"They've also left an obstacle," said Sarah, pointing to the gun emplacement to the north of the field. Now that they were sure of their victory, the British had sent a crew back to man it.

"Could we use one of your new weapons against it?" Jenkins asked Krugman.

The German shook his head. "This is is a cargo ship, not a warship. Even if they were unpacked from their crates, we would not have the fittings to release them."

Iverson thought back to a day at Cairns he preferred not to remember. "This might not be necessary," he said cautiously.

Clement turned in surprise at the sound of the diesels. Behind them, the captured airship was starting its engines. "What's that all about?" he asked Peters. "It looks like they're lifting ship."

"I didn't hear anything about that.," said the gun captain. "Get on the wire to headquarters and find out who gave the order!"

Clement made the call and frowned. "No one did. The Japanese must be trying to hijack it. We're ordered us to bring the vessel down."

Peters had already given the command. Beside him, his crew loaded a shell into the 77, closed the breech, and began cranking the the elevation and train wheels to bring the cannon to bear. By now, the airship had dropped its mooring and was climbing on a course that would take it directly overhead.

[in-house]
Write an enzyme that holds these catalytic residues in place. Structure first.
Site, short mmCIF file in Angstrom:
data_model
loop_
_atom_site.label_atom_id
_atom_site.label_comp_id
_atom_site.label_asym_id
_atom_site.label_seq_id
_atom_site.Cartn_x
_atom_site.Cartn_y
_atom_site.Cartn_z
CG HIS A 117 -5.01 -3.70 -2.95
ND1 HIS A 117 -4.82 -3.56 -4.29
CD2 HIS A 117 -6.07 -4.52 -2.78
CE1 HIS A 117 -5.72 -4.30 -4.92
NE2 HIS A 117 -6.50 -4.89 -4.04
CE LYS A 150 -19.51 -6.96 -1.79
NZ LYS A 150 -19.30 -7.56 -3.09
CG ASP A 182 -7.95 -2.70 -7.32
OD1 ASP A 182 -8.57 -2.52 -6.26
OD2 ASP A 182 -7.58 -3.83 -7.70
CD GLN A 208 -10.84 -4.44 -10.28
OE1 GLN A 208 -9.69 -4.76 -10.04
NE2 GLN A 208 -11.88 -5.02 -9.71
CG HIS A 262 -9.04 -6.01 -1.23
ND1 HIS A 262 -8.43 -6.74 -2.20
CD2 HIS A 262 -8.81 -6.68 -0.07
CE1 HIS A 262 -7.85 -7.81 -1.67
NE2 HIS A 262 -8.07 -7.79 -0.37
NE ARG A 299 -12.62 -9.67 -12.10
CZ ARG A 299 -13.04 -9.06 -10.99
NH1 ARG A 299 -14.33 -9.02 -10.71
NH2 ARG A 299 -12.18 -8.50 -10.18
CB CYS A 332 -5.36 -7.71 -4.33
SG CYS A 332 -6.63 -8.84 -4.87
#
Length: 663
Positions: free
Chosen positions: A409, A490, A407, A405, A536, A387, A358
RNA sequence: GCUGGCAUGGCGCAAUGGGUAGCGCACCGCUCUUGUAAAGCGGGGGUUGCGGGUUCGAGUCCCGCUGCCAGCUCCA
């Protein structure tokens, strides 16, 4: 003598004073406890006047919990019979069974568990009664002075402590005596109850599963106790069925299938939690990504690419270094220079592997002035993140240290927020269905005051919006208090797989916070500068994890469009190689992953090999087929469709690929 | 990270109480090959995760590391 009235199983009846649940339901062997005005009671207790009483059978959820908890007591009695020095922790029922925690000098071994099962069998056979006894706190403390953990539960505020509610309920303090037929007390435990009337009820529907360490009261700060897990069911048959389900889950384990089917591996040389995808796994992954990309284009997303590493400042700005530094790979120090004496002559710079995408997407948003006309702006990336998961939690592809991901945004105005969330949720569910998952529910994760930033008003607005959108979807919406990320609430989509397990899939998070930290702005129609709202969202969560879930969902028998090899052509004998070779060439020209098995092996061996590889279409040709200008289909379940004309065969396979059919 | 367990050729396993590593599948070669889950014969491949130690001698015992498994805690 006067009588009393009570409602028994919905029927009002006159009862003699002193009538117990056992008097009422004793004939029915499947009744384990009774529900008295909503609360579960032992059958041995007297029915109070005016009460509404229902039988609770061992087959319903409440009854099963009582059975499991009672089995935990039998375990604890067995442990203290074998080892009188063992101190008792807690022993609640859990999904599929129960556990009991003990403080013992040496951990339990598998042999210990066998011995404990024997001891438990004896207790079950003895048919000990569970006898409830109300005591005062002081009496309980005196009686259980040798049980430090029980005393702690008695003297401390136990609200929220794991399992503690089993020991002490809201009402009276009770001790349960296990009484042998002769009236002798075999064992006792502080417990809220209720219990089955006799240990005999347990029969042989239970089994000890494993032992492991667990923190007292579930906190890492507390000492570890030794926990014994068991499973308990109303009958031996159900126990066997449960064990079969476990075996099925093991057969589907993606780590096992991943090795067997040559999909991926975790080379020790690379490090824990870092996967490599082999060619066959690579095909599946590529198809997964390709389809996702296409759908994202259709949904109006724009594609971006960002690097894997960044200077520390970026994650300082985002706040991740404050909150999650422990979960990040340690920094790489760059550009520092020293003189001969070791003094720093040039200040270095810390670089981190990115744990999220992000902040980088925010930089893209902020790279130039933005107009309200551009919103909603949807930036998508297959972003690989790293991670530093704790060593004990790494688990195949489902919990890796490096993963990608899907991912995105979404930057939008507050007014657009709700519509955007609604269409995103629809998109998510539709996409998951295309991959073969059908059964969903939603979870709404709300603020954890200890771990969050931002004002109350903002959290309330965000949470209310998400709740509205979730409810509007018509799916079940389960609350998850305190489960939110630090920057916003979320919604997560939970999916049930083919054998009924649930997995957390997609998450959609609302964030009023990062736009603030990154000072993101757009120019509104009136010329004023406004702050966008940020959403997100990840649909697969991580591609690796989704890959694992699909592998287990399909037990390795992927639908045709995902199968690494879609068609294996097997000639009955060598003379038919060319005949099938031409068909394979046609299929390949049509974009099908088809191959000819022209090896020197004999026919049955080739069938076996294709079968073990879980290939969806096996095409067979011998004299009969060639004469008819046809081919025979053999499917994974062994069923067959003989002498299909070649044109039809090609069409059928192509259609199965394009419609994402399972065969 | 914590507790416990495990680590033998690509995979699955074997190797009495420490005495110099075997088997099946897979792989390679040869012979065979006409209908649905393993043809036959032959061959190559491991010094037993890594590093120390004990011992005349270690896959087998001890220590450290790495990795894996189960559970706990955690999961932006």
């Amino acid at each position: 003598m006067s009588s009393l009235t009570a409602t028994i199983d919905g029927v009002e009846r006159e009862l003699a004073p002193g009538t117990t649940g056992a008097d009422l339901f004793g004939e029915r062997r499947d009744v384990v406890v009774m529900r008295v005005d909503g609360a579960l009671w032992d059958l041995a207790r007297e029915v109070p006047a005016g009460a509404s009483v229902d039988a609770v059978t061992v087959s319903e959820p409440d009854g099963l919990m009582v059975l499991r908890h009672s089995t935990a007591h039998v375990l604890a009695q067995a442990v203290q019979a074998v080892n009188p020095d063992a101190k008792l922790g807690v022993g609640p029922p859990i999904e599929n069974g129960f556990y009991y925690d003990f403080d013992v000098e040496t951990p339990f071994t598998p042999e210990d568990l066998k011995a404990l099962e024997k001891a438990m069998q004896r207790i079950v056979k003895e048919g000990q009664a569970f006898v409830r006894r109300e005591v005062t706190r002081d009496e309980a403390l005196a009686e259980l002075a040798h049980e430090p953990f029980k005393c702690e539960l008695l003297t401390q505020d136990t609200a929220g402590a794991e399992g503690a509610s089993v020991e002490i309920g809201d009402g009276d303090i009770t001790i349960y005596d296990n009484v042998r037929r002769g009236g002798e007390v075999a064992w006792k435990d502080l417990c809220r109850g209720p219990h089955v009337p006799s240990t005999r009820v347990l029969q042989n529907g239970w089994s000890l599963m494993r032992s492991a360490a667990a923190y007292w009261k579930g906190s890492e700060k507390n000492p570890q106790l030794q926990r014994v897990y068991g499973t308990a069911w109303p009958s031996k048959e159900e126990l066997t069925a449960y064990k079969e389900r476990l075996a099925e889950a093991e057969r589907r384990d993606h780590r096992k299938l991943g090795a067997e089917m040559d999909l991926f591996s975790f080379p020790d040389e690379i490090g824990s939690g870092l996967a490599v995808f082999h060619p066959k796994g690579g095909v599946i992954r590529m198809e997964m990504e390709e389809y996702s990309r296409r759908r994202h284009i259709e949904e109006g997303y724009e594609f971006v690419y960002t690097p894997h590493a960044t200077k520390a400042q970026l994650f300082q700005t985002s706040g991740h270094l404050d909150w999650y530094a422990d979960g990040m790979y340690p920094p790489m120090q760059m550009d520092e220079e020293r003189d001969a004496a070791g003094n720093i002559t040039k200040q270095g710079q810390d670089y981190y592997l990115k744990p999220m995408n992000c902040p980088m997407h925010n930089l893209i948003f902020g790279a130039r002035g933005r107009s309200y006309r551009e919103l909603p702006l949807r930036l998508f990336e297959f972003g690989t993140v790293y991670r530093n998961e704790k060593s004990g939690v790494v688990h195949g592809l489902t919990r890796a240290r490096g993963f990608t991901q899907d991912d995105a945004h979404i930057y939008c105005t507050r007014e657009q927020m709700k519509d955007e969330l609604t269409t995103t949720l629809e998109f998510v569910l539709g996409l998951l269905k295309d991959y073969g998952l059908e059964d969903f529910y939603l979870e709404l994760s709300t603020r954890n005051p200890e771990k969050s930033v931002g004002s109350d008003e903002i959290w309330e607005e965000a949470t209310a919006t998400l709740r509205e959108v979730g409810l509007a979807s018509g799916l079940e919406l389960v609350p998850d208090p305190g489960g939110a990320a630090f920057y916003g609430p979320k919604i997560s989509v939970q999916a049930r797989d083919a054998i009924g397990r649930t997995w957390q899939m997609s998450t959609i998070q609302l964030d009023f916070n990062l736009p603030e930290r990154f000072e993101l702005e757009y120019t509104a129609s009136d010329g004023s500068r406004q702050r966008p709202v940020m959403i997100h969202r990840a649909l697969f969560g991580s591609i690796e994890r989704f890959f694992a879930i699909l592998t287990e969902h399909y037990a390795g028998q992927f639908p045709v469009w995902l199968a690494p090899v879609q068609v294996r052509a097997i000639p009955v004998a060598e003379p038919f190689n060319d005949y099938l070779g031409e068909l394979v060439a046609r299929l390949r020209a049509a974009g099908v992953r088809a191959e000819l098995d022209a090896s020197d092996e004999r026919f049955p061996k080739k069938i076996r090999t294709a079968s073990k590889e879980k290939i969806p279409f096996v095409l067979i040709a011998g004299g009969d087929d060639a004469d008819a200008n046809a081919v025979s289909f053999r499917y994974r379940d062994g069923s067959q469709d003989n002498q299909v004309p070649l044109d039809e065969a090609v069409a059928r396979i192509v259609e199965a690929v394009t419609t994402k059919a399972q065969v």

"That was a bad choice of headings," Peters announced smugly. It would make for an easy shot.

Engines thundered above them as the gunners prepared to fire. Something else thundered as well. Then a ton of ballast water plummeted onto their position, sweeping the crew from their stations and knocking the cannon askew on its mounts.

Clement struggled to his feet in time to see the airship vanish to the north. That, he thought, was a bad bit of luck.

The L-103 rendezvoused with the Flying Cloud at Norfolk Island. As soon as she saw Everett, Clarice gave the captain a kiss. "You sent Iverson to rescue us!" she said witha smile.

For once, Everett was temporarily at a loss for words. "I felt he would benefit from the experience," he said at last.

She grinned. "Dinki di!"

Seeking safer ground, Everett turned to Captain Krugman. "Thank you for your assistance in this affair. I understand that you may have other loyalties, but you are welcome to accompany us to Cairns."

The German met his gaze. "That loyalty was forced upon us by circumstance. Our circumstances have changed. We will accept your invitation.".

Next week: Taking Stock...